Perhaps it was 8:09 in the morning. Perhaps it was 8:09 in the evening. I have no way of knowing, but as I climbed into the backseat of the ’65 Corvair, all I could see was the clock, forever frozen at 8:09. It did not blink, it did not falter. I stared at it, and it stared back.
I was visiting an old friend. Though I am only 18 and she is well past her 40s, she is one of the most dependable friends I have, and her home has always felt like a sanctuary. Hidden on a hill behind the trees sits her house, and down a narrow gravel road, nestled safely in a valley, is the horse farm she owns and runs.
My mother and I were visiting, and while I wished desperately that I could focus on the visit, my mind was preoccupied. Depression does that, it seems. It drags us away from our present and sets us down in a pain-riddled past or an all-too-uncertain future. There I sat, looking down at old scars, willing myself not to sink low enough to make new ones, when the clock caught my eye.
As I gazed, I lost count of how many tries it took for the old car to turn over. It seemed to prefer the darkness of its garage, and I knew how it felt. Finally though, it started and began to reverse. I’d taken my seat in the back while my mother perched in the passenger’s seat.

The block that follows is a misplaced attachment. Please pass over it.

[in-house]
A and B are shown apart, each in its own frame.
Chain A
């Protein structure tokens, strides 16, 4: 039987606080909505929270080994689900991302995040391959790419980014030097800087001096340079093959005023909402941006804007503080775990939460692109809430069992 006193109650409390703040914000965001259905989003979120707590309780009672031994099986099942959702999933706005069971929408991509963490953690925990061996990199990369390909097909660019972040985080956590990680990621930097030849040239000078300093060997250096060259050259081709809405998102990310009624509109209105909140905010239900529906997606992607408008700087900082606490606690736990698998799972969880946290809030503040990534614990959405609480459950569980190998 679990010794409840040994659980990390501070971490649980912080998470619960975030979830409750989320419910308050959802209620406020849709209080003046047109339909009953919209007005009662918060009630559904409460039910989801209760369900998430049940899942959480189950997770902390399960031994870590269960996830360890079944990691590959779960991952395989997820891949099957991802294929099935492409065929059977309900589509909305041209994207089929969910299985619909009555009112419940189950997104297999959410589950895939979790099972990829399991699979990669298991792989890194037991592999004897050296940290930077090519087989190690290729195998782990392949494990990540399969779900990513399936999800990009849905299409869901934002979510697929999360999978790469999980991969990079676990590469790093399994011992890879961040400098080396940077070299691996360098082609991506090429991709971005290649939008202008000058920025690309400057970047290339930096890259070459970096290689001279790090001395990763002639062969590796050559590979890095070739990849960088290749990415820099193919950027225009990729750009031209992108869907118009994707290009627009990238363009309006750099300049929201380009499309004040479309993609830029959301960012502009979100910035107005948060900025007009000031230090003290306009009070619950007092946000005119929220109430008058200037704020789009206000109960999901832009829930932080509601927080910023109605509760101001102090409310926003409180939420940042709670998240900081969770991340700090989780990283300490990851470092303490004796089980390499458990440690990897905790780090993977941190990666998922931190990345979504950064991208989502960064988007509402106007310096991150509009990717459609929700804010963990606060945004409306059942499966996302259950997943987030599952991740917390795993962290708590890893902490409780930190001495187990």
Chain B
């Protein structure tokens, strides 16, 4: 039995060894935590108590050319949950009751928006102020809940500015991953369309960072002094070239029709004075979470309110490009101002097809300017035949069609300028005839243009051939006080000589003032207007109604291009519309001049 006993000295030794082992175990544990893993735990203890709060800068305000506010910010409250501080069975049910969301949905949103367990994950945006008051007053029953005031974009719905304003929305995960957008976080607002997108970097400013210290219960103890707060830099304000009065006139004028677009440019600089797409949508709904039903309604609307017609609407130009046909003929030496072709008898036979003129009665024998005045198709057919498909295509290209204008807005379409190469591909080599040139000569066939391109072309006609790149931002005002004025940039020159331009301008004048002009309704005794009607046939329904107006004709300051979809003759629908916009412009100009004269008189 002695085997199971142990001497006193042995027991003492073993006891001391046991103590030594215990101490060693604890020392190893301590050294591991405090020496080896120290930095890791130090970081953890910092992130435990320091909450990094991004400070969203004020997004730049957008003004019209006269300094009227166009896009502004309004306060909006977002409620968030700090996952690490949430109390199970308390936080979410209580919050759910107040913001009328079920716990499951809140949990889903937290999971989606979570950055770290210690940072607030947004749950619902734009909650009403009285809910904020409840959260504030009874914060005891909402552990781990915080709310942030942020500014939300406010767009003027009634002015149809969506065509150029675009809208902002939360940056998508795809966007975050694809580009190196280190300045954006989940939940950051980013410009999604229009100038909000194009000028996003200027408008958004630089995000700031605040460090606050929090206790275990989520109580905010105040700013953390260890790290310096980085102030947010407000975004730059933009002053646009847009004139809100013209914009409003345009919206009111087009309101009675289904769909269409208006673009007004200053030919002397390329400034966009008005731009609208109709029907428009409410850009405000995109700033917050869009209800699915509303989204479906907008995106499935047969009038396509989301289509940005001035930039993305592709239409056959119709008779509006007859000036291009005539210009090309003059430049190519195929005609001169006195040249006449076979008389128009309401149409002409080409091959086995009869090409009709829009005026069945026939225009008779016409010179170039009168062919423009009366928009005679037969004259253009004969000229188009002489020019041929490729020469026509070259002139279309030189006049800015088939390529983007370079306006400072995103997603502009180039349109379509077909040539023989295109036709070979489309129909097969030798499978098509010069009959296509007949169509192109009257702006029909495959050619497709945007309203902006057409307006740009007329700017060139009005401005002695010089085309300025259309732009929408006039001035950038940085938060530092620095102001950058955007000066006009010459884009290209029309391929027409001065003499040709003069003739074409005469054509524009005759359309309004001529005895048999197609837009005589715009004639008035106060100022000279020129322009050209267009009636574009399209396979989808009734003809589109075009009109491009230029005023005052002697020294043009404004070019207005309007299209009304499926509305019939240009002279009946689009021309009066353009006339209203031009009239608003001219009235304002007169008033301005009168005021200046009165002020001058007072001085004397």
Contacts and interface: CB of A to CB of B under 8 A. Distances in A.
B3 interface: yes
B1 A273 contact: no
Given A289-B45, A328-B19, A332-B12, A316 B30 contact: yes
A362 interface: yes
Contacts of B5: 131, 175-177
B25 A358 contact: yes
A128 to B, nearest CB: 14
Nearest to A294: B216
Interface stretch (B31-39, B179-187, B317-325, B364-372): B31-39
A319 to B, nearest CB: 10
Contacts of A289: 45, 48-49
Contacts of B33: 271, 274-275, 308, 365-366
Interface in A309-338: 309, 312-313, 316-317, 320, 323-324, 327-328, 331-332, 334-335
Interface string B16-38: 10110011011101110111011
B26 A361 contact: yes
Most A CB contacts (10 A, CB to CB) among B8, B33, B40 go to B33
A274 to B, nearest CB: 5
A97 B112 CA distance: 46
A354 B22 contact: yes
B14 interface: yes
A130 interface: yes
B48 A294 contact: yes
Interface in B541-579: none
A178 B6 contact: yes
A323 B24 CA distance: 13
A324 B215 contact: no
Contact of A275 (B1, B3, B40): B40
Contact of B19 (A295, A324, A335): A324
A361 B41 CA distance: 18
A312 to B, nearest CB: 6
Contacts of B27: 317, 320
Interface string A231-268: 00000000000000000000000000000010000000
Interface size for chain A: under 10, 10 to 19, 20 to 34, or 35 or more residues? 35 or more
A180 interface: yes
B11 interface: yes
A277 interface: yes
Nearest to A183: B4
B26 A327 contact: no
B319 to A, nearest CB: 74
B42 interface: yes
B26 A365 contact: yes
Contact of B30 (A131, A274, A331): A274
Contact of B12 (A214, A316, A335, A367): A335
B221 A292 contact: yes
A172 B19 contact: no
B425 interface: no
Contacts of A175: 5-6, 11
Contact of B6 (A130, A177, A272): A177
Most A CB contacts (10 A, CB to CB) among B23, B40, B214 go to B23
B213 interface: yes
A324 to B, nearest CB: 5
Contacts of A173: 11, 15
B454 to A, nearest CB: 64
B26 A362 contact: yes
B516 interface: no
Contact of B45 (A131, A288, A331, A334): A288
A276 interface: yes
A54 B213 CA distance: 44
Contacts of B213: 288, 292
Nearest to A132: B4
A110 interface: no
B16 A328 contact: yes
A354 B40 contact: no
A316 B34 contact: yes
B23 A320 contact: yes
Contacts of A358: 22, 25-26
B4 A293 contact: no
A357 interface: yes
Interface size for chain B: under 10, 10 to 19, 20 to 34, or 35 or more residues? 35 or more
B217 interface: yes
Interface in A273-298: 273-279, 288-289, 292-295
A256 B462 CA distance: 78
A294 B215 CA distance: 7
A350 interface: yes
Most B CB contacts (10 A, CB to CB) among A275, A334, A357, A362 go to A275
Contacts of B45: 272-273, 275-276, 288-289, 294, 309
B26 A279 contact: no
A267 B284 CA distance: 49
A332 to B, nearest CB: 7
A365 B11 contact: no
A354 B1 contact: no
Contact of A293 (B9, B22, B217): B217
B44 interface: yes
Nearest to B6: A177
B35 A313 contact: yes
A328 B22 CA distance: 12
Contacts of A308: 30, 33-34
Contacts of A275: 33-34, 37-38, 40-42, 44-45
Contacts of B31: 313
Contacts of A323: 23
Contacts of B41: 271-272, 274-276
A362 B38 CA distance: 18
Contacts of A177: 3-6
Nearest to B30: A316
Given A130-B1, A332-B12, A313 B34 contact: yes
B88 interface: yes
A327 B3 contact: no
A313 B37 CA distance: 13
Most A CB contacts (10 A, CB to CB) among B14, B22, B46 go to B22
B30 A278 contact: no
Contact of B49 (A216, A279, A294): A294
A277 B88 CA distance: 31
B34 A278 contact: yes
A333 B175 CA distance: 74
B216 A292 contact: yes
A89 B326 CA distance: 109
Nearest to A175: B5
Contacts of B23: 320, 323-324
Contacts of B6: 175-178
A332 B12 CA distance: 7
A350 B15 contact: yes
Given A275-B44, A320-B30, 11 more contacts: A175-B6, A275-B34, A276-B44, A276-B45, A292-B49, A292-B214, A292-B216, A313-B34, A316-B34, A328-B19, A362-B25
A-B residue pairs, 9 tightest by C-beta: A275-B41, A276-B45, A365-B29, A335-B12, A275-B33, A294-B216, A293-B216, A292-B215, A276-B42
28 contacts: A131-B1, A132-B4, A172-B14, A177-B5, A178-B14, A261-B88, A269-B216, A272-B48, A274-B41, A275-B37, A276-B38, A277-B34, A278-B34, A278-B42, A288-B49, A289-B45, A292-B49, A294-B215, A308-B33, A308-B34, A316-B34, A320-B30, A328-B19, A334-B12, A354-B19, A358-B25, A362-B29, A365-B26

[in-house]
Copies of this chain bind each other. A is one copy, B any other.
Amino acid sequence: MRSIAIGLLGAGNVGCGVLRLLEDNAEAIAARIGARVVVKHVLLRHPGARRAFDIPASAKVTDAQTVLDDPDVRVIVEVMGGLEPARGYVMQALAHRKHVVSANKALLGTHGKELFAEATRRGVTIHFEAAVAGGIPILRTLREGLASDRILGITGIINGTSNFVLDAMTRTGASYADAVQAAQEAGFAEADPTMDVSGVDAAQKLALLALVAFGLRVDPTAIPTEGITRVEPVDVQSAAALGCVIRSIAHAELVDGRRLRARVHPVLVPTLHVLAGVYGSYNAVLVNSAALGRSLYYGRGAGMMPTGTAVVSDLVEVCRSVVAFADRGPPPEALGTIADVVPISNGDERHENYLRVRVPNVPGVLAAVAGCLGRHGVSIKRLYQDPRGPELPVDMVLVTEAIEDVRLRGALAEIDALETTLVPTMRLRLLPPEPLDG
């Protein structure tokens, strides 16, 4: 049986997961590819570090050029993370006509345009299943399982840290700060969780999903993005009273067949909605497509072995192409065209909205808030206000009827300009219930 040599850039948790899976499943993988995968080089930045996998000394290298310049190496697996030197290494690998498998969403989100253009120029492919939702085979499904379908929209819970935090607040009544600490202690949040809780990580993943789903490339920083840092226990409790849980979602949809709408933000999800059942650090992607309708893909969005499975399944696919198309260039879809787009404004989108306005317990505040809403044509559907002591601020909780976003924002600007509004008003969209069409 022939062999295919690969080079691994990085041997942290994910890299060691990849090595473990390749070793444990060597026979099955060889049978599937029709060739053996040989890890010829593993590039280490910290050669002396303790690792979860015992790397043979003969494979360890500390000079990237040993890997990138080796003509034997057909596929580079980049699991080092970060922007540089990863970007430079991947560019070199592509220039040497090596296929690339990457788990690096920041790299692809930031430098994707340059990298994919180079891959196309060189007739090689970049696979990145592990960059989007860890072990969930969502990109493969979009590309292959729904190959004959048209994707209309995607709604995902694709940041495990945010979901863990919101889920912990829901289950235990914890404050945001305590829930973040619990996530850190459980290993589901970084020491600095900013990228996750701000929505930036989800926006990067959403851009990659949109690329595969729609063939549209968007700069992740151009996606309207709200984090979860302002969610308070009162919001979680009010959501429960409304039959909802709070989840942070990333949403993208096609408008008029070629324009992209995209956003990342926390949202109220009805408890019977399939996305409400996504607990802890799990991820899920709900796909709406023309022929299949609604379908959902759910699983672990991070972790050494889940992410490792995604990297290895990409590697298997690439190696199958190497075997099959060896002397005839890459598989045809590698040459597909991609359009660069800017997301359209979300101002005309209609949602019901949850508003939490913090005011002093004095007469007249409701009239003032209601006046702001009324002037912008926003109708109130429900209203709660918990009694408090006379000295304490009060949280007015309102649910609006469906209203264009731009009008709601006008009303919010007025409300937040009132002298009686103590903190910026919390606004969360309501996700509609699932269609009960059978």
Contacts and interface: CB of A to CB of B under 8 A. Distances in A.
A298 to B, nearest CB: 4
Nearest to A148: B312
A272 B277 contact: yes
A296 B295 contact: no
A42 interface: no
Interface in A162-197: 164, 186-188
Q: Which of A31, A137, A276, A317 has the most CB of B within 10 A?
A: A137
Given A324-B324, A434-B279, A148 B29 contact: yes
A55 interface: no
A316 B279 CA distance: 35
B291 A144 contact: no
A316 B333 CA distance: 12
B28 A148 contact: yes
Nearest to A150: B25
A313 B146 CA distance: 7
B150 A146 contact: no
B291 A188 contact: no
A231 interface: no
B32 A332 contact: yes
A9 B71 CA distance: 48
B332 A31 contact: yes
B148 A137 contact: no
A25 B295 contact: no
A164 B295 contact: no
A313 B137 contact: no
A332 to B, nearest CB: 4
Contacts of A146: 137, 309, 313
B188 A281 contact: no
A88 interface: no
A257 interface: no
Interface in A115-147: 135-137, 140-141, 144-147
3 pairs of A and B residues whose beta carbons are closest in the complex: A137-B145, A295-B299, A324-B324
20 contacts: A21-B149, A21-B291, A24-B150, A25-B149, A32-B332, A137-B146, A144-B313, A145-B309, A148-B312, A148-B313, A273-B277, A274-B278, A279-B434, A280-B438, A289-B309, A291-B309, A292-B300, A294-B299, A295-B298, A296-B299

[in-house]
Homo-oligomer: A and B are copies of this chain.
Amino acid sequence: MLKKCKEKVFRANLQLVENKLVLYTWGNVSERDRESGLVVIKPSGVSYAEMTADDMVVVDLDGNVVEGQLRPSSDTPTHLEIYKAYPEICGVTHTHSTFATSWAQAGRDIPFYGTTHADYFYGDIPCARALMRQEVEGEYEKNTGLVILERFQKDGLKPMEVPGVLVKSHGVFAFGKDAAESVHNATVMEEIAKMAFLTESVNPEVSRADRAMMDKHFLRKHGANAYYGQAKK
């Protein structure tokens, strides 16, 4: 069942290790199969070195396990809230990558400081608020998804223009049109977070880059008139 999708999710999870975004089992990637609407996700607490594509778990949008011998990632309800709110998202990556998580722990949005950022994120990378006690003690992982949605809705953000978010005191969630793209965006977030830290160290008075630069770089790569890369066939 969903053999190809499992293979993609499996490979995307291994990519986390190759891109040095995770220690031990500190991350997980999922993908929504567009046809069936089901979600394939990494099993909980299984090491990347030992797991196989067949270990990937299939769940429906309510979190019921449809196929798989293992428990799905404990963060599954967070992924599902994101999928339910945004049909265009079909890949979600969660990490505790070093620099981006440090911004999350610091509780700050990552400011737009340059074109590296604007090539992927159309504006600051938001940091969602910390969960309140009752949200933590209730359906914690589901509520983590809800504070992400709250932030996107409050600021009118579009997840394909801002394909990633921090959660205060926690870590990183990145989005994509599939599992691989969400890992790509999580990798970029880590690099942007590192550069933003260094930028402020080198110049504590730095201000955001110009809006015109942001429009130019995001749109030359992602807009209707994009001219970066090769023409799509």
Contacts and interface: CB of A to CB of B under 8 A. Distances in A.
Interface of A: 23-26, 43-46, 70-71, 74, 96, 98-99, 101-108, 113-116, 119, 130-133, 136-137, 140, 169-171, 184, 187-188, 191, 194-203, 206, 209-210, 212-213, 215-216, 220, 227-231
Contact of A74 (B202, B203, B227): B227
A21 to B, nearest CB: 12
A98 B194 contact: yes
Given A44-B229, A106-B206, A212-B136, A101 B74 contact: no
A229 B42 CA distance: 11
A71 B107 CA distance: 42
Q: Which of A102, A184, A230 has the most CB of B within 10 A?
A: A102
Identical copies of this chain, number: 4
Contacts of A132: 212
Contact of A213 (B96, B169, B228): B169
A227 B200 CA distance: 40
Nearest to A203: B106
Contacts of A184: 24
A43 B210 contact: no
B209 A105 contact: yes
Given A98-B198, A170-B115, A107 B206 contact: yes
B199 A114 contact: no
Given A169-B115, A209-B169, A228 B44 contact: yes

There was that clock, seeming to mock me. While I sat, ashamed of my past and worrying about my future, the little car was frozen always at 8:09. Never fretting, never worrying. The moment was forever, and it seemed OK with that. It struck me as an odd thing at first, but then, in my mind, it slowly morphed into something beautiful.
How wonderful it must be to preserve the moment, to stay perfectly still? To hold onto each minute as much of humanity bustles on, worrying and remembering, worrying and remembering?
I learned something that day. The silly frozen clock taught me a lesson. Each minute is precious, each passing second worth something. Time is the most valuable currency, for it does heal things, and it does bring with it new, wonderful, beautiful, terrifying experiences. My past has happened, and there is no changing it. The future will come, no matter what. So why dwell on the former or worry about the latter when you can instead be fully present?
Of course, at some point, this little analogy breaks down. It will not forever be 8:09, and life is not a frozen clock in an old car, forever unmoving as the rest of time passes. It is changing, always moving—and what a tragedy it would be to miss it.